ZIDOVUDINE has been shown in a case control study to provide benefit after exposure to HIV. However, due to the increasing prevalence of strains of ZIDOVUDINE-resistant virus, combinations of two or more drugs should be offered for prophylaxis rather than monotherapy. The nucleoside reverse transcriptase inhibitors ZIDOVUDINE (AZT) + LAMIVUDINE (3TC) in combination appear to offer the greatest potency and provide the backbone of the regimen recommended in the current CDC guidelines. If a significant 3TC-resistant virus is suspected, after the widespread use of the drug for treatment, this recommendation may change. In the case of a significant exposure to a known HIV-positive source (where resistant virus may have been transmitted), a third agent is often added, from the protease inhibitor class. 

In the
Calgary Health Region, the currently used Post-Exposure Prophylaxis consists of the following:

Basic Regimen: Combivir® one tablet twice daily (each tablet contains AZT 300 mg + 3TC 150 mg) for 4 weeks. 
Expanded Regimen (for significant exposures to a known HIV positive source): Combivir® one tablet twice daily + NELFINAVIR (Viracept®) FIVE tablets (total of 1250 mg) twice daily with food for 4 weeks.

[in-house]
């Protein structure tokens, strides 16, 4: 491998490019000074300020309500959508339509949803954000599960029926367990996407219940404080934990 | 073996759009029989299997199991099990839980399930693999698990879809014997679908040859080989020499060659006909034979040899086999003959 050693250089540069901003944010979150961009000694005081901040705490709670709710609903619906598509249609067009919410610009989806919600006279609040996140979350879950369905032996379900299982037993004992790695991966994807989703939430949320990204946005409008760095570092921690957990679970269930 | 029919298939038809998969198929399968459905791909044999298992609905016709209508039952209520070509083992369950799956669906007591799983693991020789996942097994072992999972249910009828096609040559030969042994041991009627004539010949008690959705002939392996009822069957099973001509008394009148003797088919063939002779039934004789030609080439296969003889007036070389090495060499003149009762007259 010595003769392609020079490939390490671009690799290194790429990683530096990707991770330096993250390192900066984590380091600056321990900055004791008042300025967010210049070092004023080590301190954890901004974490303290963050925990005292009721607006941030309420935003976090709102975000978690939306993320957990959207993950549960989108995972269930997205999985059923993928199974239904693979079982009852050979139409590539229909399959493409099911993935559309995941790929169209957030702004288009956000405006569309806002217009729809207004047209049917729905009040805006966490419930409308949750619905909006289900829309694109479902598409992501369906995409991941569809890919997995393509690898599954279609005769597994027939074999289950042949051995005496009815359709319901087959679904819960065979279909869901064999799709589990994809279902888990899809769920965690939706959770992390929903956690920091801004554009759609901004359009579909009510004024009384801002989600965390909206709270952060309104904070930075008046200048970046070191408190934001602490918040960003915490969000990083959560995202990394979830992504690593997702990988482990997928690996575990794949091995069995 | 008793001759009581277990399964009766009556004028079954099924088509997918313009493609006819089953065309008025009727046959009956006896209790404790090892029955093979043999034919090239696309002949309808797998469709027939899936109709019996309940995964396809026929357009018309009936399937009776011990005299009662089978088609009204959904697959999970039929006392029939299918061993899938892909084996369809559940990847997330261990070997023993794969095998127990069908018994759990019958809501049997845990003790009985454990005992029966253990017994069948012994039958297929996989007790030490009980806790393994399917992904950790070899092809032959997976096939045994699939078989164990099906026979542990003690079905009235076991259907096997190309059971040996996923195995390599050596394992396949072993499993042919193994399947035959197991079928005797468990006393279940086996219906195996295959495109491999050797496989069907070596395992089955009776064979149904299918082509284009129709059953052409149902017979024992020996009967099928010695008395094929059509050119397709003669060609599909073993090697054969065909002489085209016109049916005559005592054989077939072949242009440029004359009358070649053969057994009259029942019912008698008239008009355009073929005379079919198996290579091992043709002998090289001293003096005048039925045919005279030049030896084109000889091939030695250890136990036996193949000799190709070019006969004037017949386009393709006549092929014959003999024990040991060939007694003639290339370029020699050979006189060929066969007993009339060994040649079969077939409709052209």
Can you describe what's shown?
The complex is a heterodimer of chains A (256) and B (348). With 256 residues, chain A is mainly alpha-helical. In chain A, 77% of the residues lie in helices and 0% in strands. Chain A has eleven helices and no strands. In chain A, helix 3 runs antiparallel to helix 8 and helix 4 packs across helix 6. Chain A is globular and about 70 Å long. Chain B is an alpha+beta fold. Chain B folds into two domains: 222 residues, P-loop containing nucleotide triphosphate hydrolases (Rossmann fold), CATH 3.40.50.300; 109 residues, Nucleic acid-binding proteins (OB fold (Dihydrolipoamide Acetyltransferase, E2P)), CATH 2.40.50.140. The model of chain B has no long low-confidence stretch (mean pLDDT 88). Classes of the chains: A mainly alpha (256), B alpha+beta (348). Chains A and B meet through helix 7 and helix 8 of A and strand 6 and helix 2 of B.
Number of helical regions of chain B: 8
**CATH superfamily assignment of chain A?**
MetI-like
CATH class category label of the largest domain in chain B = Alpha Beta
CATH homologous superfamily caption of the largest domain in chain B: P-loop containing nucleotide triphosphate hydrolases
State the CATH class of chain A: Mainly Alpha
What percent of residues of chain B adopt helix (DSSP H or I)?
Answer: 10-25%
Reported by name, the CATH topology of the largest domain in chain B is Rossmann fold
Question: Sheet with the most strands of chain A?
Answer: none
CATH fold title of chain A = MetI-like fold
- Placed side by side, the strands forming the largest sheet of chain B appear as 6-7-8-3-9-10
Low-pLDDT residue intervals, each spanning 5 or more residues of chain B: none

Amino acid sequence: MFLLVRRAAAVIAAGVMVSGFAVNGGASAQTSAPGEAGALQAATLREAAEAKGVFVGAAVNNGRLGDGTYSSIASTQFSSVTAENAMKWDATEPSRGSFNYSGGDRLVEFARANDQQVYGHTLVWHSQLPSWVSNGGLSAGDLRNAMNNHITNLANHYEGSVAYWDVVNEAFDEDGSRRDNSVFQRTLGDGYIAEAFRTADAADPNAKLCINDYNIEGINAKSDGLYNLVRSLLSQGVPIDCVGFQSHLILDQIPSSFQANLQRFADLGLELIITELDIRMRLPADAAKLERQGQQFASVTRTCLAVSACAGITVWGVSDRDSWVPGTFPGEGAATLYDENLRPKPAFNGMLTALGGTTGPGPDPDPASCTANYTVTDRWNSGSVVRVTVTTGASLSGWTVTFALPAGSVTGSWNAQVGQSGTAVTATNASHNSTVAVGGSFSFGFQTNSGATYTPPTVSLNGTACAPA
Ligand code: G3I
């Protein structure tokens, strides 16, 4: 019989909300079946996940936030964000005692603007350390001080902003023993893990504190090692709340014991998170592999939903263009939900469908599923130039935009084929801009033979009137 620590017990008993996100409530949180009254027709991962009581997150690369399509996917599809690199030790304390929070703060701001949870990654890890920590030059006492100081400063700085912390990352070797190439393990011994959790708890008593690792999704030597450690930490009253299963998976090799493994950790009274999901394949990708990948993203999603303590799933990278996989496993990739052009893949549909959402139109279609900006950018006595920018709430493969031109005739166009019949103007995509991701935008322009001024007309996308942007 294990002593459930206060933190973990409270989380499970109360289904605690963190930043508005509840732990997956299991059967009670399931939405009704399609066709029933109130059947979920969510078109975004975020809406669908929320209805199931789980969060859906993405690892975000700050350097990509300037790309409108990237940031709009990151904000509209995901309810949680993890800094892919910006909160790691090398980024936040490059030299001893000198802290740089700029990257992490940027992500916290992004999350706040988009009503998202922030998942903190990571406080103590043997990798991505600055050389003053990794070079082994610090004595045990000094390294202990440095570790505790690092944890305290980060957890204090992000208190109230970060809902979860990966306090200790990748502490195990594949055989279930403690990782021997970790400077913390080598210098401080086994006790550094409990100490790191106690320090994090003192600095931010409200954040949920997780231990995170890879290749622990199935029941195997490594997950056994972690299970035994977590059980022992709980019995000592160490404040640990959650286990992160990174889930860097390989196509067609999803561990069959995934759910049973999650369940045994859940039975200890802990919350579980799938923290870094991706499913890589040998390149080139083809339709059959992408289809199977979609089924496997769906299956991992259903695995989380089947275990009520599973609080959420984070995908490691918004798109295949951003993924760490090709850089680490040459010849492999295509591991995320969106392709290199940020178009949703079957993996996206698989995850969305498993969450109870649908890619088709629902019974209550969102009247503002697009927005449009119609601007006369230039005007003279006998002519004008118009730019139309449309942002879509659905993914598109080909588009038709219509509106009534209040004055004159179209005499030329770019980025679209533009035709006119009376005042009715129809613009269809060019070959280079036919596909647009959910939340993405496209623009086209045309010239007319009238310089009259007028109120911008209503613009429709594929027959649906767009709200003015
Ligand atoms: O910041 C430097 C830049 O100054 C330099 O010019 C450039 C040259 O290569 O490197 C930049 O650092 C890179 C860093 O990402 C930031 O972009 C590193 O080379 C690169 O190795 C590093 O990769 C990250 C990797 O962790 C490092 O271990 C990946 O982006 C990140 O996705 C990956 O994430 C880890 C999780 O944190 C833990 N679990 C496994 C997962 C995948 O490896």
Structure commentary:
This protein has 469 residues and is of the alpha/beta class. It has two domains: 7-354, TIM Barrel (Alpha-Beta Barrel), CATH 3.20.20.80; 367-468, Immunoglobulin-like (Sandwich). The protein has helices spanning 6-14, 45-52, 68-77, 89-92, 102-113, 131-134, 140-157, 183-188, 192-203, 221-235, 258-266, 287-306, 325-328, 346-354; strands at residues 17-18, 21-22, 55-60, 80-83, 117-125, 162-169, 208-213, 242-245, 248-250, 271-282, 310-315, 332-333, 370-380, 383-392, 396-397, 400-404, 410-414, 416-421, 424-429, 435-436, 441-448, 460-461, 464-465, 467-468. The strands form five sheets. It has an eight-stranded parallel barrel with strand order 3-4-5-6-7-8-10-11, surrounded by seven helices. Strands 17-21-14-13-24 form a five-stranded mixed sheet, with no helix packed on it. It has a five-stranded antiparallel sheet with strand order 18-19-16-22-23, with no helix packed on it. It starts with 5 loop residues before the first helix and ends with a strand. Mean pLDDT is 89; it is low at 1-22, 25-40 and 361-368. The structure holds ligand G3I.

Note: Other regimens may be appropriate if a detailed history of the antiretroviral use of the source patient is known of the antiretroviral resistance profile of the source patient’s virus is known.

 Patient Medication Information Sheets: links to AZT 3TC - NELFINAVIR

5.       Duration of Prophylaxis

Prophylaxis should be started immediately and continued for a four-week course. This period is a balance between efficacy and toxicity, and also accommodates to some degree individuals who start prophylaxis later. 


6.       Drug Toxicity

All data on tolerance to Post-Exposure Prophylaxis (PEP) is based on literature involving healthcare professionals accidentally exposed to blood or body fluids. Up to 88% of subjects on two-drug prophylaxis, and 97% of subjects on triple-drug prophylaxis experienced some adverse effect. The drugs used in PEP may be associated with hematologic and/or biochemical abnormalities. Many antiretrovirals are associated with GI side effects, such as nausea, vomiting, and diarrhea. If unaddressed, these may lead to decreased adherence to the prophylactic regime, placing the patient at risk for treatment failure. In general, these symptoms are easily managed with antiemetics and antidiarrheal medications, and appropriate counselling and encouragement.